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Location

Behrakis Grand Hall 32nd and Chestnut Street Phila., PA 19104

Audience

  • Alumni
  • Current Students
  • Faculty

Special Features

  • Free Food
  • CEU Available

Psych Colloquium: A Room With a Cue: The Expression & Perception of Personality in Everyday Contexts

Monday, April 22, 2013

6:00 PM-8:30 PM

A Room With a Cue: The Expression and Perception of Personality in Everyday Contexts

Sam Gosling
University of Texas, Austin

Most social interactions are influenced by perceptions of what others are like—can I trust this person? Is he strategically holding back information or merely introverted? Is she likely to be sensitive to what could go wrong in this situation or what could go right? Is he likely to respond favorably to familiar solutions or prefer novel innovative options? Few daily interactions are conducted in vacuum. As a result, we are constantly using contextual information—often without realizing it—to form impressions of others.
 
But what information do the contexts of contemporary interactions convey? How do our living rooms, bedrooms, offices, music collections, and Facebook profiles reflect what we are like and, more fundamentally, who we are? We are so tightly bound to the spaces that surround us that many of the connections linking people and places go unnoticed. But these environments are rich with information about our values, attitudes, preferences, and personalities. Some clues (e.g., the Obama poster on the office wall or the high-brow books left casually lying on the coffee table) are deliberate (but not always disingenuous) signals directed towards others about how we would like to be seen. Other clues (e.g., the music on your iPod or the disarray in the office-desk drawer) are inadvertent reflections of our styles of feeling and thinking and of our history of behavior.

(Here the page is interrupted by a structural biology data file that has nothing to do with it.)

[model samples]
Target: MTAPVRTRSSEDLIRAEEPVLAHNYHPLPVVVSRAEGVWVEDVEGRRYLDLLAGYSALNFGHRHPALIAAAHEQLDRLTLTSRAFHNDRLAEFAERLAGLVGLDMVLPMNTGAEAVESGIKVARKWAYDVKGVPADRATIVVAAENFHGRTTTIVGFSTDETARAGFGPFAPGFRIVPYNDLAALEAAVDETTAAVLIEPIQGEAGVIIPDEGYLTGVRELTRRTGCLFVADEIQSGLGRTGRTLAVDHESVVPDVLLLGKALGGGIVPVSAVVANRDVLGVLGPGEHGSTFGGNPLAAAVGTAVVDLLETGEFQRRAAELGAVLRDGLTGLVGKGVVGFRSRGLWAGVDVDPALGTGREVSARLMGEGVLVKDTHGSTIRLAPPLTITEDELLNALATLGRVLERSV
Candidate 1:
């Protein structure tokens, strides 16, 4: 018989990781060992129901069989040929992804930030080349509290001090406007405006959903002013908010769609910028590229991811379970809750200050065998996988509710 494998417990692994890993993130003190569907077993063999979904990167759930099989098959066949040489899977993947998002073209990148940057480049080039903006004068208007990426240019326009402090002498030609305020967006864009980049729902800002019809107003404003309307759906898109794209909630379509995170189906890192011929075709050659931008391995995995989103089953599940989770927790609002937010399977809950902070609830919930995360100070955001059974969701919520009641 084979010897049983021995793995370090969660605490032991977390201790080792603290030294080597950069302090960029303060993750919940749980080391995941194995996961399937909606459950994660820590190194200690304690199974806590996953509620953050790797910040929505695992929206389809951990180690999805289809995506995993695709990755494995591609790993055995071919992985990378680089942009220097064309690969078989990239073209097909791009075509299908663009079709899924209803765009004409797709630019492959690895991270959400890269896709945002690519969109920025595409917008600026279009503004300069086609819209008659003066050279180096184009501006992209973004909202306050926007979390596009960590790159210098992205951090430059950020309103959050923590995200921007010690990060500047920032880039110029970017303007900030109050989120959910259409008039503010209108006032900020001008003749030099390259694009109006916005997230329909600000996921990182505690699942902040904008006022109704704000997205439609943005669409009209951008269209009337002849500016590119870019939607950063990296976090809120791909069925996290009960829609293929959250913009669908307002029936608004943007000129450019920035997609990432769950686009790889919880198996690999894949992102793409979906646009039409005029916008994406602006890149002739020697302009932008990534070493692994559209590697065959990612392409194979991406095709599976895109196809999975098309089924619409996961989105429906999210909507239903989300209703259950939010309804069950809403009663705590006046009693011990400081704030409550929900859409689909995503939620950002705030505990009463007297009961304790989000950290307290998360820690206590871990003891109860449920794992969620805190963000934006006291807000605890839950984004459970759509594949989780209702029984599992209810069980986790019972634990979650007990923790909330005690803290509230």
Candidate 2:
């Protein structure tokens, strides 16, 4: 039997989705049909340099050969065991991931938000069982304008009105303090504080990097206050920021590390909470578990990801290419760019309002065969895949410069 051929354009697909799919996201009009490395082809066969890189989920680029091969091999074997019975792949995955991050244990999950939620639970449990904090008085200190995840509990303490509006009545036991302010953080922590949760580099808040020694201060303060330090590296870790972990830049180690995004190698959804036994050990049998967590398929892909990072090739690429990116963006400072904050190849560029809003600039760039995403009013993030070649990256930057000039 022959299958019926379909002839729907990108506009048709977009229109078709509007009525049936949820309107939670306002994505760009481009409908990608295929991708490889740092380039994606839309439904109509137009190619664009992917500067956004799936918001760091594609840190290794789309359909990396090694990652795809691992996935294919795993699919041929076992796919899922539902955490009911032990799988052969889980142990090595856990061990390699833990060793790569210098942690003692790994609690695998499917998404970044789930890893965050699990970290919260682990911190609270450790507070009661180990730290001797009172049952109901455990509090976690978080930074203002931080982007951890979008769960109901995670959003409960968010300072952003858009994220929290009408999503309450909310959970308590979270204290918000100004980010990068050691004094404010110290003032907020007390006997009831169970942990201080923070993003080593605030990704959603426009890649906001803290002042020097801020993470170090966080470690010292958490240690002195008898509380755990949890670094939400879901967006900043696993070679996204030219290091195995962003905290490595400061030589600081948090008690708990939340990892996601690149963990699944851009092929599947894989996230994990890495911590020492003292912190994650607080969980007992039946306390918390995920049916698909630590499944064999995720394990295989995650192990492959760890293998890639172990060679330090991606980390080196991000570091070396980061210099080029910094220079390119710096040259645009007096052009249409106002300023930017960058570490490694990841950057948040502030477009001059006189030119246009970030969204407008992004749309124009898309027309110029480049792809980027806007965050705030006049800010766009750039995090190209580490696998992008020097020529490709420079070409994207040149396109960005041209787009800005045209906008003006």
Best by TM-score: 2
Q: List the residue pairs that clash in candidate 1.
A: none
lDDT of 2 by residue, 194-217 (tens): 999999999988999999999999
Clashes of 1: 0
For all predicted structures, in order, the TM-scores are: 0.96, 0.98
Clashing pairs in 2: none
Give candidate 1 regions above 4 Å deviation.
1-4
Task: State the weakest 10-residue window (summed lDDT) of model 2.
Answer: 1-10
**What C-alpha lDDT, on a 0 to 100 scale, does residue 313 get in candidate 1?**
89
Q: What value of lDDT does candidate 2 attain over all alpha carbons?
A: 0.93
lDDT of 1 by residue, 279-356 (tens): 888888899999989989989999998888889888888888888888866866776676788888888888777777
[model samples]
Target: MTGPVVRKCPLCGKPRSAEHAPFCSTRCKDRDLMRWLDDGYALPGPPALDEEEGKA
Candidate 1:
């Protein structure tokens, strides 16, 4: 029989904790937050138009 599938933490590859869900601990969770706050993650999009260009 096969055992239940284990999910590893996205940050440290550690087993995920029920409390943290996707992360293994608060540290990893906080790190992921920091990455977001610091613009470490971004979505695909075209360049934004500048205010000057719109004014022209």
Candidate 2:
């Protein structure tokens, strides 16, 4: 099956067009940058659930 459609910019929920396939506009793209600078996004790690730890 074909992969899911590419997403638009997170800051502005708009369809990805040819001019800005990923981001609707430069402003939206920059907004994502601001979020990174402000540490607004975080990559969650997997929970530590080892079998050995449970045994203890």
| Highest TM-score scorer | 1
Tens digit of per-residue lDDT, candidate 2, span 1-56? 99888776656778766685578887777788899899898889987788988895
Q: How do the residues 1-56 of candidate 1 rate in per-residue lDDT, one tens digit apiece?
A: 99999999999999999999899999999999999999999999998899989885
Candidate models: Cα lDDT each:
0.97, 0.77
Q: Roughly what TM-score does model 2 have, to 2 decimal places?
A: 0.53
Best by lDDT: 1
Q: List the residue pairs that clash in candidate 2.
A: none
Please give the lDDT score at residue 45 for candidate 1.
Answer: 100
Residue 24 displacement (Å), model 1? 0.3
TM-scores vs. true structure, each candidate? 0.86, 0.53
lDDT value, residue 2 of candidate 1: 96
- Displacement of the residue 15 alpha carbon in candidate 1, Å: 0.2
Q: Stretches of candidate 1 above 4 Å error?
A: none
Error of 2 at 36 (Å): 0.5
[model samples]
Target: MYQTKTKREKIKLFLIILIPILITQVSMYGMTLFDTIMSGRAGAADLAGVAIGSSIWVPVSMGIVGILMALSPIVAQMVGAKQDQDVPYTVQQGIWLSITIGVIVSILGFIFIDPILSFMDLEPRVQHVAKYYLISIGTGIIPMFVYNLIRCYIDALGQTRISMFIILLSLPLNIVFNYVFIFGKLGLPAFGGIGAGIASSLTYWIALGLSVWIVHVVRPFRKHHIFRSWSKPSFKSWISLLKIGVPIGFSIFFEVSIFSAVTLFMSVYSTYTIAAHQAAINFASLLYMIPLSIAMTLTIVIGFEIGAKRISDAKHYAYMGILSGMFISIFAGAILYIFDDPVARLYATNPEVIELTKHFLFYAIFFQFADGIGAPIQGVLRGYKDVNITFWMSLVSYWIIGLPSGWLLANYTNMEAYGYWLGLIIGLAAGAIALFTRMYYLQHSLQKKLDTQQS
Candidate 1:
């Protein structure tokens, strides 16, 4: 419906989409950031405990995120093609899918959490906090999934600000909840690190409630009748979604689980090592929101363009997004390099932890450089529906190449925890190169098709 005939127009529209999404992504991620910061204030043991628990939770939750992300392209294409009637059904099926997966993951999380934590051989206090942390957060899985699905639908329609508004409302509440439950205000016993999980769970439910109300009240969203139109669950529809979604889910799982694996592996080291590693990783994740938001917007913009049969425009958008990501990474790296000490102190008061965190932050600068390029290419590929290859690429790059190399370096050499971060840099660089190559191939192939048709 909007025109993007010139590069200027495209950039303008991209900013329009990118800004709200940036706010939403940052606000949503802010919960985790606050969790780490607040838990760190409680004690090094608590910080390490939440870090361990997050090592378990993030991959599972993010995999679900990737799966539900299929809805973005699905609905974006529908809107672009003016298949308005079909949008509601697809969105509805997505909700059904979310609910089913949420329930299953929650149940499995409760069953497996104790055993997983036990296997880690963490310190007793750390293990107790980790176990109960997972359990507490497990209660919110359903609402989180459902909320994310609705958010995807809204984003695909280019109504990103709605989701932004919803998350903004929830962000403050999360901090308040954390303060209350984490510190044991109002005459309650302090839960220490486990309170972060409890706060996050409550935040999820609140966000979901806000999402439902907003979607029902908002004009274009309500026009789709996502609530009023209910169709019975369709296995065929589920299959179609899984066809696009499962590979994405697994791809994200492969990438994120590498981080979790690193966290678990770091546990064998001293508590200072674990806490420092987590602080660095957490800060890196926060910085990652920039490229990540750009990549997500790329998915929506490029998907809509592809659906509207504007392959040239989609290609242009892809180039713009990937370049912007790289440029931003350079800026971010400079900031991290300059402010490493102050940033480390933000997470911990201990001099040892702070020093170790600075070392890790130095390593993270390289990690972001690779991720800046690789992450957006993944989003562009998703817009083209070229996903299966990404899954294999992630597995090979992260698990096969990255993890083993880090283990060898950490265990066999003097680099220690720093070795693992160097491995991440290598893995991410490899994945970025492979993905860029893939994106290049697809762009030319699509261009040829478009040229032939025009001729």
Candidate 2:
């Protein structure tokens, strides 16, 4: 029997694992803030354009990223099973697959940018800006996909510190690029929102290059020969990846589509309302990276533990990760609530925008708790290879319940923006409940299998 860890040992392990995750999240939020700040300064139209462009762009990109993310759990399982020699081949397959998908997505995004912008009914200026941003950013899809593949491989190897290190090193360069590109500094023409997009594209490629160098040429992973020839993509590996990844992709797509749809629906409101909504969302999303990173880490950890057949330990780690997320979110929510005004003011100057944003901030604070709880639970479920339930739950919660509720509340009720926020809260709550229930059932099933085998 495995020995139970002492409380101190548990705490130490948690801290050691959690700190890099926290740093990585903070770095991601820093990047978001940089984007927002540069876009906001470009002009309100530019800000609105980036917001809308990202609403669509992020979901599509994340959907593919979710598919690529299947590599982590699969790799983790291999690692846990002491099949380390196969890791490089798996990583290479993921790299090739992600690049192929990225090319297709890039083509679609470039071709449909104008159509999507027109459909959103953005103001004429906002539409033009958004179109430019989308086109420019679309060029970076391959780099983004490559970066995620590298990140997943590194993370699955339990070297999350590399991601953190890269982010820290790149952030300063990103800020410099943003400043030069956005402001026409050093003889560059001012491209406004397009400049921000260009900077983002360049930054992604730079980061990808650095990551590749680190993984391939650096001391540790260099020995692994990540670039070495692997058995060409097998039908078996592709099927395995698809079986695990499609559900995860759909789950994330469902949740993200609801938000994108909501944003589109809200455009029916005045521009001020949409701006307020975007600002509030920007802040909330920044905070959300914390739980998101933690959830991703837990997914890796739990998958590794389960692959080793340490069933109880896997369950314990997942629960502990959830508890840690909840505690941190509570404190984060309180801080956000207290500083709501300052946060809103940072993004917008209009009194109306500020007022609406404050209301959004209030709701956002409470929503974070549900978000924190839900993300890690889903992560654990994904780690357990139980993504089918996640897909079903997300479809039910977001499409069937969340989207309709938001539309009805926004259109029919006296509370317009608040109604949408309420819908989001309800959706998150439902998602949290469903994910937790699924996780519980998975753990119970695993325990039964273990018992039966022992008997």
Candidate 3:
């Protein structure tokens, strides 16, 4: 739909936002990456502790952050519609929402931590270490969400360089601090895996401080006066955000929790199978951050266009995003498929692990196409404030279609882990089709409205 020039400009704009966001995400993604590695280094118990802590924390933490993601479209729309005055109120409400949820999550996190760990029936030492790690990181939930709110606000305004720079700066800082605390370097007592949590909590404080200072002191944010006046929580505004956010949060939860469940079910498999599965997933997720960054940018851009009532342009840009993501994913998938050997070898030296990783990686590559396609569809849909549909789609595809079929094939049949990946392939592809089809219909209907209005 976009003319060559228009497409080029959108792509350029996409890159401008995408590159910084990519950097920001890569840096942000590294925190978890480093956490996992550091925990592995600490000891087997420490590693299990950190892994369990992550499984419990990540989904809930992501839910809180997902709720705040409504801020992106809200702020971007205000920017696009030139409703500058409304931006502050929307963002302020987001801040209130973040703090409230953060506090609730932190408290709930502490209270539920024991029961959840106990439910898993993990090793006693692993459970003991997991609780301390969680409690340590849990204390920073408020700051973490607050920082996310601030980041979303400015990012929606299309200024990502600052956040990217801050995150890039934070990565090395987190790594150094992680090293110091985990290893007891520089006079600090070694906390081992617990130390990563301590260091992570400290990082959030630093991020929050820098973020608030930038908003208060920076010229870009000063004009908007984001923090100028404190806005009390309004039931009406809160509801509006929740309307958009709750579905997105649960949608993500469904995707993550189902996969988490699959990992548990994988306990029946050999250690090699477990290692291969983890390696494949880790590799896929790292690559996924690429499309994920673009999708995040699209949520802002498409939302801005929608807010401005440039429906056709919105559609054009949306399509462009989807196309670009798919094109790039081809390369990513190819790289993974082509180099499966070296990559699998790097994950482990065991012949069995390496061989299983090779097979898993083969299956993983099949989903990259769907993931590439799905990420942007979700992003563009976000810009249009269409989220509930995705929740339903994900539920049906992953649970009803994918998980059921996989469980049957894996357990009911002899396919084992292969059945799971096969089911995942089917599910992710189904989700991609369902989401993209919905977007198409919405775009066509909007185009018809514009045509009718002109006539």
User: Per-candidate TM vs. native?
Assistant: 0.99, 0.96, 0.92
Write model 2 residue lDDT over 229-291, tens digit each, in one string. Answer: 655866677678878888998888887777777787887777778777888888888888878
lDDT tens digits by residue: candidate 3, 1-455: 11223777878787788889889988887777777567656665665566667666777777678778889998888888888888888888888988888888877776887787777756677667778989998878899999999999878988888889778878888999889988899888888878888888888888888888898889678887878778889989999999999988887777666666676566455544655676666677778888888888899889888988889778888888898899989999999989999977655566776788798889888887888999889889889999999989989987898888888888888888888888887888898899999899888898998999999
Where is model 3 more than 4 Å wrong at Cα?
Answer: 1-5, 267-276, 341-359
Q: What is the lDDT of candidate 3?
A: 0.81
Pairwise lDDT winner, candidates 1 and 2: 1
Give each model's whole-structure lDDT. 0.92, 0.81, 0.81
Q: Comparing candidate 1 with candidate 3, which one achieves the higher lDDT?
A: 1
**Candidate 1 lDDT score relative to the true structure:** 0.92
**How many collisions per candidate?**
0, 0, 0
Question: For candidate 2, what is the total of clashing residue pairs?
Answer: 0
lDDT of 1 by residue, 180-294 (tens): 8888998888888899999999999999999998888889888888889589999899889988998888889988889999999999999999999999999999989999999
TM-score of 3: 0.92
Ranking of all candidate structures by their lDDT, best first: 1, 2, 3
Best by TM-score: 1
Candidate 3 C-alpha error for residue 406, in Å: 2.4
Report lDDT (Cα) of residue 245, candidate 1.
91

This talk will present the result from a wide range of research aimed at unraveling the links between people and places. Together, these studies of physical, aural, and virtual environments show how people use such information to form perceptions about others that, in turn, influence the nature of their social interactions. 

Contact Information

Ariana Tart-Zelvin
214.280.8891
atartz@gmail.com